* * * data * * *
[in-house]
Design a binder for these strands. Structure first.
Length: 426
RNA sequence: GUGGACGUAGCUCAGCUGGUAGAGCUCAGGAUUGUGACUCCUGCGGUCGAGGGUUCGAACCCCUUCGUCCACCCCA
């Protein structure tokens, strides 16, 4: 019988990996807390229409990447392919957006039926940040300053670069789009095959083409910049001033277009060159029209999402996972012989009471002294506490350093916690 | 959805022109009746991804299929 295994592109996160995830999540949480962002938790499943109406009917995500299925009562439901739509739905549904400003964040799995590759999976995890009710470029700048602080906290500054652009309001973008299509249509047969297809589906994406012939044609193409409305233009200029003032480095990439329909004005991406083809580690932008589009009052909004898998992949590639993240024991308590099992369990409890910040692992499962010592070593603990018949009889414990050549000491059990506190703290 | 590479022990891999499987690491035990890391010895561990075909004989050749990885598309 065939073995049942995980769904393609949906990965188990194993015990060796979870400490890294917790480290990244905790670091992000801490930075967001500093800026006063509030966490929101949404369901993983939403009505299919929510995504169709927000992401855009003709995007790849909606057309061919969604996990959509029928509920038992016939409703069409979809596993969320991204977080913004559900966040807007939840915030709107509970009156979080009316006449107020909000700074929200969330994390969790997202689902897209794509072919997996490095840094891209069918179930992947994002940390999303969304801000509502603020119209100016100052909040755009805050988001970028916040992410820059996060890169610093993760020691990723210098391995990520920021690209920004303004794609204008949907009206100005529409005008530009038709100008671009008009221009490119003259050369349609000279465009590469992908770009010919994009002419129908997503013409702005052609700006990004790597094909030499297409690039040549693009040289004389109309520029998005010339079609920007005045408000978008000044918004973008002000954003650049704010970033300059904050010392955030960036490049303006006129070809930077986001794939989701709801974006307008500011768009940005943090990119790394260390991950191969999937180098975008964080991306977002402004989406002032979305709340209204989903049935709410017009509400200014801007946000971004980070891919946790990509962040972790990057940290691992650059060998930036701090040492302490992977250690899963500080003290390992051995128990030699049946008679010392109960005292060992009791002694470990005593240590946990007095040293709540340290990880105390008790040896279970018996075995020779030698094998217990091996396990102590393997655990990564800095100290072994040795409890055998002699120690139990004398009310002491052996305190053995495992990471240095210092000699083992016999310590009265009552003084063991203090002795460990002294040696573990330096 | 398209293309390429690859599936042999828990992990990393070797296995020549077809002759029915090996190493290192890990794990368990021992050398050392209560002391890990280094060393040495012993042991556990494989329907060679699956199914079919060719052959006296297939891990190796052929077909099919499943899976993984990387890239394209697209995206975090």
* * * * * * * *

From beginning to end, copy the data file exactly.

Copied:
[in-house]
Design a binder for these strands. Structure first.
Length: 426
RNA sequence: GUGGACGUAGCUCAGCUGGUAGAGCUCAGGAUUGUGACUCCUGCGGUCGAGGGUUCGAACCCCUUCGUCCACCCCA
């Protein structure tokens, strides 16, 4: 019988990996807390229409990447392919957006039926940040300053670069789009095959083409910049001033277009060159029209999402996972012989009471002294506490350093916690 | 959805022109009746991804299929 295994592109996160995830999540949480962002938790499943109406009917995500299925009562439901739509739905549904400003964040799995590759999976995890009710470029700048602080906290500054652009309001973008299509249509047969297809589906994406012939044609193409409305233009200029003032480095990439329909004005991406083809580690932008589009009052909004898998992949590639993240024991308590099992369990409890910040692992499962010592070593603990018949009889414990050549000491059990506190703290 | 590479022990891999499987690491035990890391010895561990075909004989050749990885598309 065939073995049942995980769904393609949906990965188990194993015990060796979870400490890294917790480290990244905790670091992000801490930075967001500093800026006063509030966490929101949404369901993983939403009505299919929510995504169709927000992401855009003709995007790849909606057309061919969604996990959509029928509920038992016939409703069409979809596993969320991204977080913004559900966040807007939840915030709107509970009156979080009316006449107020909000700074929200969330994390969790997202689902897209794509072919997996490095840094891209069918179930992947994002940390999303969304801000509502603020119209100016100052909040755009805050988001970028916040992410820059996060890169610093993760020691990723210098391995990520920021690209920004303004794609204008949907009206100005529409005008530009038709100008671009008009221009490119003259050369349609000279465009590469992908770009010919994009002419129908997503013409702005052609700006990004790597094909030499297409690039040549693009040289004389109309520029998005010339079609920007005045408000978008000044918004973008002000954003650049704010970033300059904050010392955030960036490049303006006129070809930077986001794939989701709801974006307008500011768009940005943090990119790394260390991950191969999937180098975008964080991306977002402004989406002032979305709340209204989903049935709410017009509400200014801007946000971004980070891919946790990509962040972790990057940290691992650059060998930036701090040492302490992977250690899963500080003290390992051995128990030699049946008679010392109960005292060992009791002694470990005593240590946990007095040293709540340290990880105390008790040896279970018996075995020779030698094998217990091996396990102590393997655990990564800095100290072994040795409890055998002699120690139990004398009310002491052996305190053995495992990471240095210092000699083992016999310590009265009552003084063991203090002795460990002294040696573990330096 | 398209293309390429690859599936042999828990992990990393070797296995020549077809002759029915090996190493290192890990794990368990021992050398050392209560002391890990280094060393040495012993042991556990494989329907060679699956199914079919060719052959006296297939891990190796052929077909099919499943899976993984990387890239394209697209995206975090």